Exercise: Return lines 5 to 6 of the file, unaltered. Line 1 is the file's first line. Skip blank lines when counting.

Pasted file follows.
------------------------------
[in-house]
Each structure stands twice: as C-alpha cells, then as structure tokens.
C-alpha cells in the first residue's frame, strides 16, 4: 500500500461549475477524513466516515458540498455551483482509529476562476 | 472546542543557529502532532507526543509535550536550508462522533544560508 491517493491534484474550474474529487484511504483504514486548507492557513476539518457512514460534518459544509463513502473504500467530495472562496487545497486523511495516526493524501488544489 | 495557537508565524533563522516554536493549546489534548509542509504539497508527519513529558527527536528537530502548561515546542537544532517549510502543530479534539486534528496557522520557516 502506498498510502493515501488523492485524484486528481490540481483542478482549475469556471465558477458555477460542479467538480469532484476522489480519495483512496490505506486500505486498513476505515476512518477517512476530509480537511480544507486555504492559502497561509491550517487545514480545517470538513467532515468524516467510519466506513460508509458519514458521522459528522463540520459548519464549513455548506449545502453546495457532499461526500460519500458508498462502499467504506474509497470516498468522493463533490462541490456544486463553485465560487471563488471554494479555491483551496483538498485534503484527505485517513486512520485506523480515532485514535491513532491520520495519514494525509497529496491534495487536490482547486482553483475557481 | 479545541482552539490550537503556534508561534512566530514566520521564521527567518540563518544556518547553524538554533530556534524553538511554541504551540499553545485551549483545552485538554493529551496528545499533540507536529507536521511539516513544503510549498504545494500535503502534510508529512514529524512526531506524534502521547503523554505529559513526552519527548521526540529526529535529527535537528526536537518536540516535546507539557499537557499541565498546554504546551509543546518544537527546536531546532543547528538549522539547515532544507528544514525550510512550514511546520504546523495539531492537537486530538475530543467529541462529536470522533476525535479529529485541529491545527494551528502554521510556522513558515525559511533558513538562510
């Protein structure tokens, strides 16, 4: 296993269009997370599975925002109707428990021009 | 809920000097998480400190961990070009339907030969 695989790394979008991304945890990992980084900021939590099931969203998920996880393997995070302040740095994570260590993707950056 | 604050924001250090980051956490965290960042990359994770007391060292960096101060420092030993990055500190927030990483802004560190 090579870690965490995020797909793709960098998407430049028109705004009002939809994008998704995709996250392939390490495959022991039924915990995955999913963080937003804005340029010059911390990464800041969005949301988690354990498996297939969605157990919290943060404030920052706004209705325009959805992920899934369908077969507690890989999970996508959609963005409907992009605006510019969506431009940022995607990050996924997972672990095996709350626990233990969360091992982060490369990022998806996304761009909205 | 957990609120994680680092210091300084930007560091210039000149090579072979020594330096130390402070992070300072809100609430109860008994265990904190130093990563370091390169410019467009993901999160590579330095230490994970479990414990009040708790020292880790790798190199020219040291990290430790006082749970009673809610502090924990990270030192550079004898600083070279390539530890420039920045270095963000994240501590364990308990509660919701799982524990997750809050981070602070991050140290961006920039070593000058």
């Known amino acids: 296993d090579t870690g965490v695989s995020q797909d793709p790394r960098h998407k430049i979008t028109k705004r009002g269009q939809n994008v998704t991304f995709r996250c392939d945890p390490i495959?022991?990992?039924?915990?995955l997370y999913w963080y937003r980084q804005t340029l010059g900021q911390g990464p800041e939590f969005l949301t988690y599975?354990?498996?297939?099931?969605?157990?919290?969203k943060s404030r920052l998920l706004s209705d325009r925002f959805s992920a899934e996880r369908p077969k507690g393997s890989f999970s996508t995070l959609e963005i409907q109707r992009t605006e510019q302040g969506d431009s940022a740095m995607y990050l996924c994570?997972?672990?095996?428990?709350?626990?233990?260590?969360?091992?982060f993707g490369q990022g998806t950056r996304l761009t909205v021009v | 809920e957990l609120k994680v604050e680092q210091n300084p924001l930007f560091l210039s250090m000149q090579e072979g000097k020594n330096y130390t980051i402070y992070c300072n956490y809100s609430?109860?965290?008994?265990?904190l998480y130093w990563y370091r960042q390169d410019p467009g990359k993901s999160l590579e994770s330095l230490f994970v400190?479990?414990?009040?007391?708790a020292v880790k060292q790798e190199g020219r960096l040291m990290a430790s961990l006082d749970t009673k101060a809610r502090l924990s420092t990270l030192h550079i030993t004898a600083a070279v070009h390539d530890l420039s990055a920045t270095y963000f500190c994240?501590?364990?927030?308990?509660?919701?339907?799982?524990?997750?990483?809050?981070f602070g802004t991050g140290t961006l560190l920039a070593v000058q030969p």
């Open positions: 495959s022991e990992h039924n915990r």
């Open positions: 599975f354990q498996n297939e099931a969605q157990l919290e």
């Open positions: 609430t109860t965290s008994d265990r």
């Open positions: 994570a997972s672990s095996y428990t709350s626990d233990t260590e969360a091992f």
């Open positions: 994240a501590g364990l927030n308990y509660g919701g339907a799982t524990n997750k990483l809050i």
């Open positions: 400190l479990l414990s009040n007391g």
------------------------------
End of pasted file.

């Known amino acids: 296993d090579t870690g965490v695989s995020q797909d793709p790394r960098h998407k430049i979008t028109k705004r009002g269009q939809n994008v998704t991304f995709r996250c392939d945890p390490i495959?022991?990992?039924?915990?995955l997370y999913w963080y937003r980084q804005t340029l010059g900021q911390g990464p800041e939590f969005l949301t988690y599975?354990?498996?297939?099931?969605?157990?919290?969203k943060s404030r920052l998920l706004s209705d325009r925002f959805s992920a899934e996880r369908p077969k507690g393997s890989f999970s996508t995070l959609e963005i409907q109707r992009t605006e510019q302040g969506d431009s940022a740095m995607y990050l996924c994570?997972?672990?095996?428990?709350?626990?233990?260590?969360?091992?982060f993707g490369q990022g998806t950056r996304l761009t909205v021009v | 809920e957990l609120k994680v604050e680092q210091n300084p924001l930007f560091l210039s250090m000149q090579e072979g000097k020594n330096y130390t980051i402070y992070c300072n956490y809100s609430?109860?965290?008994?265990?904190l998480y130093w990563y370091r960042q390169d410019p467009g990359k993901s999160l590579e994770s330095l230490f994970v400190?479990?414990?009040?007391?708790a020292v880790k060292q790798e190199g020219r960096l040291m990290a430790s961990l006082d749970t009673k101060a809610r502090l924990s420092t990270l030192h550079i030993t004898a600083a070279v070009h390539d530890l420039s990055a920045t270095y963000f500190c994240?501590?364990?927030?308990?509660?919701?339907?799982?524990?997750?990483?809050?981070f602070g802004t991050g140290t961006l560190l920039a070593v000058q030969p």
């Open positions: 495959s022991e990992h039924n915990r």